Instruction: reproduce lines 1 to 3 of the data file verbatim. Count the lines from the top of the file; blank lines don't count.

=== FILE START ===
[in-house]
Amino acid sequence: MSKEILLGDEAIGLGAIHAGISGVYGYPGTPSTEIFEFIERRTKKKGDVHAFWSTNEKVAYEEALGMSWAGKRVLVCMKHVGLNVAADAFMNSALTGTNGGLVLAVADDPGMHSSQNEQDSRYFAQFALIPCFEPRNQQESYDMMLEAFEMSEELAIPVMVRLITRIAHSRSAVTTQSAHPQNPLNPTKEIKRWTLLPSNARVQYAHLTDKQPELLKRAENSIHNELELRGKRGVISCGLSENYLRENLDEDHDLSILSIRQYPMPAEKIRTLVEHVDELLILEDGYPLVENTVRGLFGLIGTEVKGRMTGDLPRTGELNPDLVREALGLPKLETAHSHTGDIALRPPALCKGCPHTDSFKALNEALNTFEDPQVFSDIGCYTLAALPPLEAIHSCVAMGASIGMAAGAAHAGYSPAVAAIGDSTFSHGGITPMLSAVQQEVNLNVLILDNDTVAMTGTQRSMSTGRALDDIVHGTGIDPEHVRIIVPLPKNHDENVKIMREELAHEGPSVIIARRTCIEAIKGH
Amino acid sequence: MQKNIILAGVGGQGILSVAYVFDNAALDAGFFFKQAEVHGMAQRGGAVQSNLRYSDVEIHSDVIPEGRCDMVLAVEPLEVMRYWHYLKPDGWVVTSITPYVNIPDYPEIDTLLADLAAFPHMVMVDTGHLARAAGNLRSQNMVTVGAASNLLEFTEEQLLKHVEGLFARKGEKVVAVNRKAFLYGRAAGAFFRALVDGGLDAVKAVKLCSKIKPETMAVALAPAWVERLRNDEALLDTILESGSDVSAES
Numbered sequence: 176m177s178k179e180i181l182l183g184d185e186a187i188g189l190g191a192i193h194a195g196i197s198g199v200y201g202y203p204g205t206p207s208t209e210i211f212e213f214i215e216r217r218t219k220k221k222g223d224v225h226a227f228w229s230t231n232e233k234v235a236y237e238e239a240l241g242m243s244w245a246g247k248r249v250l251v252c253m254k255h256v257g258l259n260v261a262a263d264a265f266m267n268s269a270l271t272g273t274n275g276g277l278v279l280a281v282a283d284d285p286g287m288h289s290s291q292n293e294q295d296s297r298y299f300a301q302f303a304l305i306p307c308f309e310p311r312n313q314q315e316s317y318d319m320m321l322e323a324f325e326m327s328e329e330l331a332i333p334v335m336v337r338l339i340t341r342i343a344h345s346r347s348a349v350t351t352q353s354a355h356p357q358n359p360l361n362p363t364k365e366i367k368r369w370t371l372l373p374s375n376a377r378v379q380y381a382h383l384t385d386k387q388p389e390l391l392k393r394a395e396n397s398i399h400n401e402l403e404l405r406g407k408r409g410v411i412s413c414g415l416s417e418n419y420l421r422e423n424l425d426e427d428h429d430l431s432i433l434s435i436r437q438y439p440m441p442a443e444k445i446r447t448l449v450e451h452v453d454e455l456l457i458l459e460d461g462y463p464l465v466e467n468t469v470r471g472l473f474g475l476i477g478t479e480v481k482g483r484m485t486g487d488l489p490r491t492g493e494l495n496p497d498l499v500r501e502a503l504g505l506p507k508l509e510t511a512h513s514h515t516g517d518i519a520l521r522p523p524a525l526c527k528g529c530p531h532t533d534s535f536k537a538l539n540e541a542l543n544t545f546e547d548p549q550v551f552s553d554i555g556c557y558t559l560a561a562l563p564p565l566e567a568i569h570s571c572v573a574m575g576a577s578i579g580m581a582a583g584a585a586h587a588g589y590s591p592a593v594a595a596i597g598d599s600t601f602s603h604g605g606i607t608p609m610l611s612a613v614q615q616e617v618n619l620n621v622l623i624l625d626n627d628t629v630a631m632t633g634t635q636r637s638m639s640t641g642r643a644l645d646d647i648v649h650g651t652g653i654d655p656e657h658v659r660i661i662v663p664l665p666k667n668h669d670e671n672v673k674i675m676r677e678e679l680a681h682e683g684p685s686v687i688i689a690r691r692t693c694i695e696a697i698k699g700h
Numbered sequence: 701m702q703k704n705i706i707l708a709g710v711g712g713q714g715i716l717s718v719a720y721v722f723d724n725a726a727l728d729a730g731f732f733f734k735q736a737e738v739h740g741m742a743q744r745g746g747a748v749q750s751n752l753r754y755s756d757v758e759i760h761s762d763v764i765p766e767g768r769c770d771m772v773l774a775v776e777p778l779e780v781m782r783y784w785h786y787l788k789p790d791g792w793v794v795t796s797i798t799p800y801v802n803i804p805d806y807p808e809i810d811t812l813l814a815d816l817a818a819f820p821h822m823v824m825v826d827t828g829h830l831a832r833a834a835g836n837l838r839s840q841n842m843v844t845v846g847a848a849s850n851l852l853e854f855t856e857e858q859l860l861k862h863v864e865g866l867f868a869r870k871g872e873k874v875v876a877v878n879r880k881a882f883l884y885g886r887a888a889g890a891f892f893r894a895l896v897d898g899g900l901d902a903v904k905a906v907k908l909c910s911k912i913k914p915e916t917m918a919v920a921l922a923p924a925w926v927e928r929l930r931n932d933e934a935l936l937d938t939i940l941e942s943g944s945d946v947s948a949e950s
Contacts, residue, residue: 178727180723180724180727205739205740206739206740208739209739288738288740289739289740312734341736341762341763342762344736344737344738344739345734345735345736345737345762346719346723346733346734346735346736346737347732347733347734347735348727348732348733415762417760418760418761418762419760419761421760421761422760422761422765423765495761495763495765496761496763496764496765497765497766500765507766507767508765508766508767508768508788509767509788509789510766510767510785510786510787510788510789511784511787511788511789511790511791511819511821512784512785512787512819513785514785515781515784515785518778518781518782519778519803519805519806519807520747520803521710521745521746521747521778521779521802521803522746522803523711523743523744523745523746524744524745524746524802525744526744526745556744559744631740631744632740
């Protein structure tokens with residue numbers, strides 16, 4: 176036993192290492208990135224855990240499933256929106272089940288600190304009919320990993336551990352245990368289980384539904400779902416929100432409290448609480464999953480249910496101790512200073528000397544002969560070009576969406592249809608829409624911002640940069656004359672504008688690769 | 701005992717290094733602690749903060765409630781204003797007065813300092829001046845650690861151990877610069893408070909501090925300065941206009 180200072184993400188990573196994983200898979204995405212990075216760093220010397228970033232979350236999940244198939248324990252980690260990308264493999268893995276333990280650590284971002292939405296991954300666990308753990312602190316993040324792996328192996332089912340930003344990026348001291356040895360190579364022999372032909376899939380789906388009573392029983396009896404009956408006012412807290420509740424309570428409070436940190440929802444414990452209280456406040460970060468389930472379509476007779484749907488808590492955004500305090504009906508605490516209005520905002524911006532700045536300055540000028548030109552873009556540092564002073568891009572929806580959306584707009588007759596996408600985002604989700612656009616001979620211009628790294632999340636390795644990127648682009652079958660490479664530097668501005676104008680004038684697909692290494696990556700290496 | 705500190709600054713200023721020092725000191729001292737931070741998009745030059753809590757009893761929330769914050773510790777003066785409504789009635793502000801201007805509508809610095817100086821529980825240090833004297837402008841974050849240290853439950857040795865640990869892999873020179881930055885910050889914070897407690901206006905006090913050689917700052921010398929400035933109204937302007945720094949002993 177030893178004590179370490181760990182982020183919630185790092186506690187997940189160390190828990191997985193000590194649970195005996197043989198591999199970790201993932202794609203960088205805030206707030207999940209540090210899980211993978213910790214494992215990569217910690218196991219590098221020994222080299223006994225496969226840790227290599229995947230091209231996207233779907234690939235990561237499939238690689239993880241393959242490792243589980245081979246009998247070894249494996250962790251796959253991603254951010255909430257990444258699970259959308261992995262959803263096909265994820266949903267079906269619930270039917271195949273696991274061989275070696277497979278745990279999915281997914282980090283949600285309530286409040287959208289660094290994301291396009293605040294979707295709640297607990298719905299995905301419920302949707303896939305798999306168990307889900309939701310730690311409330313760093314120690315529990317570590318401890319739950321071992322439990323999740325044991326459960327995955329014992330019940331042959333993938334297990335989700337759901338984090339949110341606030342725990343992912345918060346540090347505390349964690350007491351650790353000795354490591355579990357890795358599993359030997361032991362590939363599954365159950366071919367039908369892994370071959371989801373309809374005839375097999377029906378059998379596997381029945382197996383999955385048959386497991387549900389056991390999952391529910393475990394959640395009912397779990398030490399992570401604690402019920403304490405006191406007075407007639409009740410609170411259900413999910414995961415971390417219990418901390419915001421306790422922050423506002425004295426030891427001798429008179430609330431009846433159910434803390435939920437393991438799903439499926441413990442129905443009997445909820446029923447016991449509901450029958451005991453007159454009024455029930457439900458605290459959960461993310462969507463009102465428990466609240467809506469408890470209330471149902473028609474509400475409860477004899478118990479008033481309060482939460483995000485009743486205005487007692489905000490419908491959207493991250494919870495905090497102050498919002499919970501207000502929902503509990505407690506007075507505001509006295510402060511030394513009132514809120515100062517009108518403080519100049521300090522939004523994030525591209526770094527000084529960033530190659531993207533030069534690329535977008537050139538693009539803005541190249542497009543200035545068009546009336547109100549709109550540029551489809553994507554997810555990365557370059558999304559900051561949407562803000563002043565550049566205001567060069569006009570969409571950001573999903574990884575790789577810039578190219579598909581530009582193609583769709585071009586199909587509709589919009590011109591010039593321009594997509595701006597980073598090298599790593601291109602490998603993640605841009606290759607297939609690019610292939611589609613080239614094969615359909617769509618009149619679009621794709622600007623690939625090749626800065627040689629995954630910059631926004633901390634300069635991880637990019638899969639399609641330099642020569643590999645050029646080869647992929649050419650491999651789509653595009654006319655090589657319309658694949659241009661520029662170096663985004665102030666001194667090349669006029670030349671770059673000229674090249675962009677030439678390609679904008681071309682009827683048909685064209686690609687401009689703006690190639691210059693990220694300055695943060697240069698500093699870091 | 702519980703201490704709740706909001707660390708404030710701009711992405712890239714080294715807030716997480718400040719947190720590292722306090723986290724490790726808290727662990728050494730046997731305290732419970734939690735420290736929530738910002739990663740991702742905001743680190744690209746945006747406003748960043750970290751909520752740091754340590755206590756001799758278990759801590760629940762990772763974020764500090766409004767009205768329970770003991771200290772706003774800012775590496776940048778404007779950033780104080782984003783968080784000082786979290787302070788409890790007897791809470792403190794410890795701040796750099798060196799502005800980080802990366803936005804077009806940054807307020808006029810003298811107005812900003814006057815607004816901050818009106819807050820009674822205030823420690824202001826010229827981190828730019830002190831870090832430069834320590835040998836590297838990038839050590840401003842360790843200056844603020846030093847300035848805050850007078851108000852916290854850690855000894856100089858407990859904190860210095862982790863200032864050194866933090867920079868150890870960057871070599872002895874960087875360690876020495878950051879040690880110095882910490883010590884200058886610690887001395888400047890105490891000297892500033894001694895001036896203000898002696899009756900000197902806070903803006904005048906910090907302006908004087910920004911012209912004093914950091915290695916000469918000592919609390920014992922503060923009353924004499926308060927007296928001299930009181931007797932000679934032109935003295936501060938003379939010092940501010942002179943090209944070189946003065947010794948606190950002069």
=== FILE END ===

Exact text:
[in-house]
Amino acid sequence: MSKEILLGDEAIGLGAIHAGISGVYGYPGTPSTEIFEFIERRTKKKGDVHAFWSTNEKVAYEEALGMSWAGKRVLVCMKHVGLNVAADAFMNSALTGTNGGLVLAVADDPGMHSSQNEQDSRYFAQFALIPCFEPRNQQESYDMMLEAFEMSEELAIPVMVRLITRIAHSRSAVTTQSAHPQNPLNPTKEIKRWTLLPSNARVQYAHLTDKQPELLKRAENSIHNELELRGKRGVISCGLSENYLRENLDEDHDLSILSIRQYPMPAEKIRTLVEHVDELLILEDGYPLVENTVRGLFGLIGTEVKGRMTGDLPRTGELNPDLVREALGLPKLETAHSHTGDIALRPPALCKGCPHTDSFKALNEALNTFEDPQVFSDIGCYTLAALPPLEAIHSCVAMGASIGMAAGAAHAGYSPAVAAIGDSTFSHGGITPMLSAVQQEVNLNVLILDNDTVAMTGTQRSMSTGRALDDIVHGTGIDPEHVRIIVPLPKNHDENVKIMREELAHEGPSVIIARRTCIEAIKGH
Amino acid sequence: MQKNIILAGVGGQGILSVAYVFDNAALDAGFFFKQAEVHGMAQRGGAVQSNLRYSDVEIHSDVIPEGRCDMVLAVEPLEVMRYWHYLKPDGWVVTSITPYVNIPDYPEIDTLLADLAAFPHMVMVDTGHLARAAGNLRSQNMVTVGAASNLLEFTEEQLLKHVEGLFARKGEKVVAVNRKAFLYGRAAGAFFRALVDGGLDAVKAVKLCSKIKPETMAVALAPAWVERLRNDEALLDTILESGSDVSAES